Temperature Variation in Rajasthan: Geography of Rajasthan
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Temperature Variation in Rajasthan
What causes temperature variation?
Many factors, both natural and human, can cause changes in earth’s energy balance, including:
- Variations in the sun’s energy reaching earth.
- Changes in the reflectivity of earth’s atmosphere and surface.
- Changes in the greenhouse effect, which affects the amount of heat retained by earth’s atmosphere.
There are different variations of the temperature range of daily and seasonal throughout the state, covering the most typical phenomenon of warm and dry continental climate. Summer begins in March while the temperature continues to rise gradually to April, May and June. To the west of Rajasthan and the eastern side of the aravali in Bikaner district, Phalodi, Jaisalmer and the Barmer, the maximum daytime temperature hovers around 40 ° C to 45 ° C. Sometimes it even reaches as high 48-49 ° C during the summer months. Summer nights see a significant drop in temperature with a minimum of daily temperature of about 20 ° C to 29 ° C. However, Udaipur and Mount Abu have a pleasant climate in the summer with a relatively low daily maximum temperature that reaches 38 ° C and 31.5 ° C respectively.
The Rajasthan state experiences more or less uniform day temperatures over the plains except during the winter when temperatures increase southwards and during monsoon season when temperatures increase northwards. During the southwest monsoon the night minimum temperatures are more or less uniform but generally they are lower in higher latitudes.
As compared to the plains the day and night temperatures over the plateau and at high level stations are lower. In the hottest month of May the mean maximum temperature is approximately around 41°C – 42°C in the plains but it is 2°C to 4°C lower in the elevated and plateau regions of the state. The Graph depicts the average mean temperature of Rajasthan district-wise from the year 1980 to 2009.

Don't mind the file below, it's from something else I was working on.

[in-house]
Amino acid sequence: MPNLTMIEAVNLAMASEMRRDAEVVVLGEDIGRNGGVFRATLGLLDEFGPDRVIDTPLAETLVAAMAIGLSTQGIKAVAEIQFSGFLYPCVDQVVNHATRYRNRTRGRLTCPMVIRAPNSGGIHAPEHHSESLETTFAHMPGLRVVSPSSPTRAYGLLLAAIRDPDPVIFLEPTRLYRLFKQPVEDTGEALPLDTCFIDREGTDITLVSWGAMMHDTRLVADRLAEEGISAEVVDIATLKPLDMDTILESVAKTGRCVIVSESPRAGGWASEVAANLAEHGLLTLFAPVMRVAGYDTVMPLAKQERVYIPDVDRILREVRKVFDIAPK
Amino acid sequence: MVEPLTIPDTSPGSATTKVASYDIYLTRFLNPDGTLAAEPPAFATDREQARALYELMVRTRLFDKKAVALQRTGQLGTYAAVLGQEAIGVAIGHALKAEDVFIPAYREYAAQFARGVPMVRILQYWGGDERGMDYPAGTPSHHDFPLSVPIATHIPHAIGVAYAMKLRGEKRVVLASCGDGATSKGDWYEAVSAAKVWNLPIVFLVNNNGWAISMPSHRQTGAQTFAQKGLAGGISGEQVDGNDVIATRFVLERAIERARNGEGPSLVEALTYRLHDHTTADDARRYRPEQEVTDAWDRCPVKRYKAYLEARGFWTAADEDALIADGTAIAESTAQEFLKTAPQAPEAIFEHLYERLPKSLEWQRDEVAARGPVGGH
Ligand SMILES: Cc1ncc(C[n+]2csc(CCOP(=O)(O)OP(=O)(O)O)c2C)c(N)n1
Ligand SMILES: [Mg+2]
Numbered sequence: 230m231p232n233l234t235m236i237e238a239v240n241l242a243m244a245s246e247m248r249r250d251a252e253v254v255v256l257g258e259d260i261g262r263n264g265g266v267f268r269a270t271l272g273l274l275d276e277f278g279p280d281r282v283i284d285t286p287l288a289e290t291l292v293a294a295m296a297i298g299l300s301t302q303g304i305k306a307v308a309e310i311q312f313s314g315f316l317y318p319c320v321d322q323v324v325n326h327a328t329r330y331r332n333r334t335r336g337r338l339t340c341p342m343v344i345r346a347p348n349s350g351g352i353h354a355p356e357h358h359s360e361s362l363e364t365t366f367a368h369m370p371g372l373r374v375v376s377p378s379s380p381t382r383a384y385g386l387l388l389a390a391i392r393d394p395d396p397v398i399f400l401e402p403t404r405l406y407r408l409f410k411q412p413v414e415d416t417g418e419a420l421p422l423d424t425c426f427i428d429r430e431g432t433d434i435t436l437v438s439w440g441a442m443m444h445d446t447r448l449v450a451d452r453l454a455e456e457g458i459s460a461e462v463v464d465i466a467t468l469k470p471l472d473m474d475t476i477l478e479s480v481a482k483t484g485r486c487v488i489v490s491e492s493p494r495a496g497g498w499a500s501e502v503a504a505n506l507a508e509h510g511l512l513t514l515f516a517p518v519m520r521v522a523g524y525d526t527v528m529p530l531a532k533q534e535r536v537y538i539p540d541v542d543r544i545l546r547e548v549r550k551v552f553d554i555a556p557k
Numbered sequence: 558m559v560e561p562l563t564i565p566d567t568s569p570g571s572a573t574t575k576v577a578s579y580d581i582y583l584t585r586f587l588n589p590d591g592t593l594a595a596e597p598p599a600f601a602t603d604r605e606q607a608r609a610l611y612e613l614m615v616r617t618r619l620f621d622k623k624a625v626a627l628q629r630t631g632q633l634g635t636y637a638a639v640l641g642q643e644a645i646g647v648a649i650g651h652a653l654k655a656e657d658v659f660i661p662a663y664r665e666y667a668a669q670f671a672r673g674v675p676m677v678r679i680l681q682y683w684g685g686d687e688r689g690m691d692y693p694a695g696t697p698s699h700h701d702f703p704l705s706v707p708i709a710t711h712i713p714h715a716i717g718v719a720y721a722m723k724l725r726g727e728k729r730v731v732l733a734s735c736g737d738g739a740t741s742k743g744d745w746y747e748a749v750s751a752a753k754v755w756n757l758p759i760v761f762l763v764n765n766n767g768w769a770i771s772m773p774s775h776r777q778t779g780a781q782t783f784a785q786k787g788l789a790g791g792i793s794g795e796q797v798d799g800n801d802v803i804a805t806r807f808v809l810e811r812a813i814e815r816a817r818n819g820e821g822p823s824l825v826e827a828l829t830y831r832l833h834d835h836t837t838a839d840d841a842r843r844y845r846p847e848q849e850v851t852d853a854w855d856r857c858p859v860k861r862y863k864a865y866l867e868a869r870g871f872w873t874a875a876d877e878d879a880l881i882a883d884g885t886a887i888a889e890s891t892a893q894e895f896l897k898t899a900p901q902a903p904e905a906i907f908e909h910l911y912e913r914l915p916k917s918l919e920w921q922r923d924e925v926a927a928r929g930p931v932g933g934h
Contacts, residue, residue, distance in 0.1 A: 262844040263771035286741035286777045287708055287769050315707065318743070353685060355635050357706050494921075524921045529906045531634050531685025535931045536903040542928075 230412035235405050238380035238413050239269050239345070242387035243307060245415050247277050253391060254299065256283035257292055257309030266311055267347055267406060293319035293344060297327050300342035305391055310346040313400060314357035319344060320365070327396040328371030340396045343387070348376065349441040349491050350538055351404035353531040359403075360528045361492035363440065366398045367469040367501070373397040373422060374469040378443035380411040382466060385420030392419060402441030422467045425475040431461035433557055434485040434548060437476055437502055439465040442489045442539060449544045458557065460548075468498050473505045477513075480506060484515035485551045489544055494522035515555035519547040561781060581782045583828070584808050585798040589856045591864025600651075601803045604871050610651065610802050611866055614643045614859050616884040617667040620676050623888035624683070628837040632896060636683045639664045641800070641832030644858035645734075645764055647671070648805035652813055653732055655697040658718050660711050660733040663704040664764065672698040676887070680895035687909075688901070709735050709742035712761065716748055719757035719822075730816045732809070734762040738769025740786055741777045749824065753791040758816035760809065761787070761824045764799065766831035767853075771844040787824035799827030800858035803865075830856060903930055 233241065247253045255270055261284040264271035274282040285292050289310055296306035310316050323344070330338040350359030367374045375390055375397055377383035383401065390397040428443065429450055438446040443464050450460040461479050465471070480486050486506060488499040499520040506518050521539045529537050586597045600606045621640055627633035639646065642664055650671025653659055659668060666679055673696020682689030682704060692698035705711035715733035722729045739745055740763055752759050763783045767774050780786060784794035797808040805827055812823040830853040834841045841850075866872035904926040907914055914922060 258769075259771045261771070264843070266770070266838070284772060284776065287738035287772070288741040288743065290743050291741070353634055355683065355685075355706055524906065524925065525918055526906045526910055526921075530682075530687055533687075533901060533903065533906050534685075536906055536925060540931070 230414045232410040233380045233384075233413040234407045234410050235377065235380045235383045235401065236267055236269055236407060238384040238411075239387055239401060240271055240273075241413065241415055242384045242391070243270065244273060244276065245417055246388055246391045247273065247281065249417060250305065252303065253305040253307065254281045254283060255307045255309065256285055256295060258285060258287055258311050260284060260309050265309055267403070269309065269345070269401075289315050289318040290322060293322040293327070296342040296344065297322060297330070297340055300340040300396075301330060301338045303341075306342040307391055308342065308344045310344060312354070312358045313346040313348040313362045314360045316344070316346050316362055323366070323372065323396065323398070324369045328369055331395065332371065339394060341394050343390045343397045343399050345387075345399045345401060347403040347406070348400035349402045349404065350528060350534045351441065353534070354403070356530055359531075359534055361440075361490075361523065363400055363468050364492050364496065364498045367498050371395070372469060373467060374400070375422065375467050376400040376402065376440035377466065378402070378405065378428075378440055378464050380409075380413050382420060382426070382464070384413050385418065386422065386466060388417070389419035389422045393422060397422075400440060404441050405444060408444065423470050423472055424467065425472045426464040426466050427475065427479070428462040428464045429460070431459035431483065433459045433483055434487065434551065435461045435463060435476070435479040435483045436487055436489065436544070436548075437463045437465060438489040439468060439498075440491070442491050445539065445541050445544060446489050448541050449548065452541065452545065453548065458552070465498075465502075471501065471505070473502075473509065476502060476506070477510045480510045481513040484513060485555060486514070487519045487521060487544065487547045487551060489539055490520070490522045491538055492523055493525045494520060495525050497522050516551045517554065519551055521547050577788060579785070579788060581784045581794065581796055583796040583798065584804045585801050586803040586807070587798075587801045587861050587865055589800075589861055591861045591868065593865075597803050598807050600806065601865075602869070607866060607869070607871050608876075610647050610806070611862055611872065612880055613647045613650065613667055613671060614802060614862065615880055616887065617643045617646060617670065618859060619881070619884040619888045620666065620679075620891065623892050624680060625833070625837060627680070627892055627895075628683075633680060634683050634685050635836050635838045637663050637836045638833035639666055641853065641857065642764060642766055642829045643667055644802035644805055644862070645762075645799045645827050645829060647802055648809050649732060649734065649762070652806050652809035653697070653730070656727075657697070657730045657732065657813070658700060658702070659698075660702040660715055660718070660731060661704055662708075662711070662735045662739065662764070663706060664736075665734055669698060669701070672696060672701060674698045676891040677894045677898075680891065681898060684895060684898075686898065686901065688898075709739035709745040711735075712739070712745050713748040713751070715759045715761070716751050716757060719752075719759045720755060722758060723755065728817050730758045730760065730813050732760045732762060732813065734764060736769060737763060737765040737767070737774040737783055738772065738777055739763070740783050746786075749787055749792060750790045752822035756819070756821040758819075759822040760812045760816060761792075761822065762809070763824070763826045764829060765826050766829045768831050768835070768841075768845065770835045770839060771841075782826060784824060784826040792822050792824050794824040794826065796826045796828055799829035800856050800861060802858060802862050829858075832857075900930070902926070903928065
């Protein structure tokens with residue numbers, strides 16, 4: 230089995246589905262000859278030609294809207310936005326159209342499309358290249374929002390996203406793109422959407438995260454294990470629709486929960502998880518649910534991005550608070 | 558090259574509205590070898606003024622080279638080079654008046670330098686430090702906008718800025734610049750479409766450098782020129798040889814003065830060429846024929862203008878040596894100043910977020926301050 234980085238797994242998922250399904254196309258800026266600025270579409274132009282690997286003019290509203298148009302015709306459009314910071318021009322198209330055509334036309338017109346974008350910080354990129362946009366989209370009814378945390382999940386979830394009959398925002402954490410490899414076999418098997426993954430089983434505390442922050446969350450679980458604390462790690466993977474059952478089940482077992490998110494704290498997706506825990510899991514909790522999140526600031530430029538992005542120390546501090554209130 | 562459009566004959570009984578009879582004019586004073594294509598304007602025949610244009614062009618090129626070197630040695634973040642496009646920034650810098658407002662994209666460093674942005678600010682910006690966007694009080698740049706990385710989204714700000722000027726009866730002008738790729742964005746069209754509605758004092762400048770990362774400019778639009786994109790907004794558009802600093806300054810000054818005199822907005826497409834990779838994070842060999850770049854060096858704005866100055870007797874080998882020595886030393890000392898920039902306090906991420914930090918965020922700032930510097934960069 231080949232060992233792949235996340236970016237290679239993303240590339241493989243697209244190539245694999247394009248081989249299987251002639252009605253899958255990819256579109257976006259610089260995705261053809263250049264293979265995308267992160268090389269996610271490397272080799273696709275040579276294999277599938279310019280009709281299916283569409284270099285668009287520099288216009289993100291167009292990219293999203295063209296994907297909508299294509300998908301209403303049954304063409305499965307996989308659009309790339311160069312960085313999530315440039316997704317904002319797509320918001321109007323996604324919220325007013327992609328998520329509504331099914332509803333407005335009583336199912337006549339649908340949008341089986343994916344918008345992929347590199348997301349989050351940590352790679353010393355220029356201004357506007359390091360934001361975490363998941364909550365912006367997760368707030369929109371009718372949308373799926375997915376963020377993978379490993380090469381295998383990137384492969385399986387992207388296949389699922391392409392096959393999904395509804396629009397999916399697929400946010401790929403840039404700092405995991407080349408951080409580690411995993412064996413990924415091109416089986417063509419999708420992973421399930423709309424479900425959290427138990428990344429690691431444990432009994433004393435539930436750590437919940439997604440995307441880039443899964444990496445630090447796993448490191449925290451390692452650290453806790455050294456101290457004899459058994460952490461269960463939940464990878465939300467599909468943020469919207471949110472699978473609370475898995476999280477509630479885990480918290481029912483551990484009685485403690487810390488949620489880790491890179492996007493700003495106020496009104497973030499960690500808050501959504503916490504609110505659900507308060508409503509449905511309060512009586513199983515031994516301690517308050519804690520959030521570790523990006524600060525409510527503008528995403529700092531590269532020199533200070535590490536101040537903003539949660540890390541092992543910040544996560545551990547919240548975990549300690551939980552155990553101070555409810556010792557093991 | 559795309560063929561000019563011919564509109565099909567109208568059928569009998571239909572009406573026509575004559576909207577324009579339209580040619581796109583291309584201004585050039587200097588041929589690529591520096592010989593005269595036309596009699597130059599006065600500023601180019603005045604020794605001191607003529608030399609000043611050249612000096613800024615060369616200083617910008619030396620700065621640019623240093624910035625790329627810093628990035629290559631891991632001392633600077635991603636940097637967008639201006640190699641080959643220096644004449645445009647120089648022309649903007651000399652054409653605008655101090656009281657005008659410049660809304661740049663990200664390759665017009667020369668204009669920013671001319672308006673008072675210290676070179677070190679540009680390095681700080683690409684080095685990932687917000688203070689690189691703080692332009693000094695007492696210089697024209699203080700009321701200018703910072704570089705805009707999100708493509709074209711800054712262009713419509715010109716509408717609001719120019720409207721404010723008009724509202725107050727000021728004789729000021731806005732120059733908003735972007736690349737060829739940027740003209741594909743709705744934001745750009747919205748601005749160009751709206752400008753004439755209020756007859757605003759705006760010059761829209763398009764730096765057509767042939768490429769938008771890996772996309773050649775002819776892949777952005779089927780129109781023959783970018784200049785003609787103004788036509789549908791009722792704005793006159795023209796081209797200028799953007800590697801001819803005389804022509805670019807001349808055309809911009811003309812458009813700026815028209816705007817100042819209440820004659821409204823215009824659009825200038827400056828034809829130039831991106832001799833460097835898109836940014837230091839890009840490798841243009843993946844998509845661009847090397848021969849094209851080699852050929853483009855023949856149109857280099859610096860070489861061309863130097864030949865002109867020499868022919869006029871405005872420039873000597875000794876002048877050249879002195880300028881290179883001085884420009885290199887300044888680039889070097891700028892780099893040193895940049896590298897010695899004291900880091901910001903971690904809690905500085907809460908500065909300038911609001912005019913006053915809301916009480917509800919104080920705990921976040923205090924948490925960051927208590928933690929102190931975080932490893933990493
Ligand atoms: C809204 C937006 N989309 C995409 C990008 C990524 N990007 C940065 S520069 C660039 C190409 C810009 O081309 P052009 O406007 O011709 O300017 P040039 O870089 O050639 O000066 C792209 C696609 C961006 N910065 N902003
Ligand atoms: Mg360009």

The mean minimum temperature in the coldest month of January in the state is 7.4°C which varies from 4°C in the north to 12°C in the south. With the arrival of western disturbances much lower winter temperature may be experienced. Minimum temperature 2°C – 5°C below the freezing point can be recorded at few stations of northern Rajasthan. In the past 50 years the lowest minimum temperature at a plain station ever recorded was -5.9°C at Jaisalmer on 12 January 1967 (12.8°C below the respective normal for the coldest month) while the hill station of Abu had recorded the lowest temperature of -7.4°C on 12 December 1994 (13.1°C below the respective normal for the coldest month).
The maximum temperature rise rapidly from February onwards till May and minimum temperature from February onwards till June. The increase in maximum in the period from January to May ranges from 13°C to 20°C at individual stations as we proceed from south to north of the state. From the beginning of June to the end of July, the maximum temperature falls by about 3°C to 7°C whereas the minimum temperature falls only by about 3°C to 5°C from June to September. A slight rise in the maximum temperature is experienced in the month of September due to increased insolation.
Post-September the night temperatures start falling rapidly while day temperatures too start falling rapidly after October and by January both attain their lowest values. There is about 8°C to 15°C fall in minimum temperature and maximum temperature fall by 5°C to 7°C. In both cases, the fall increases from southern parts of the state to the northern parts. Smallest diurnal range of temperature is experienced during July and August of about 9°C in the state. After the withdrawal of the monsoon the diurnal range of temperature increases. The diurnal range is greatest in November month.
Various factors affecting the climate of Rajasthan
3. Thunder Storms
6. Dust Storms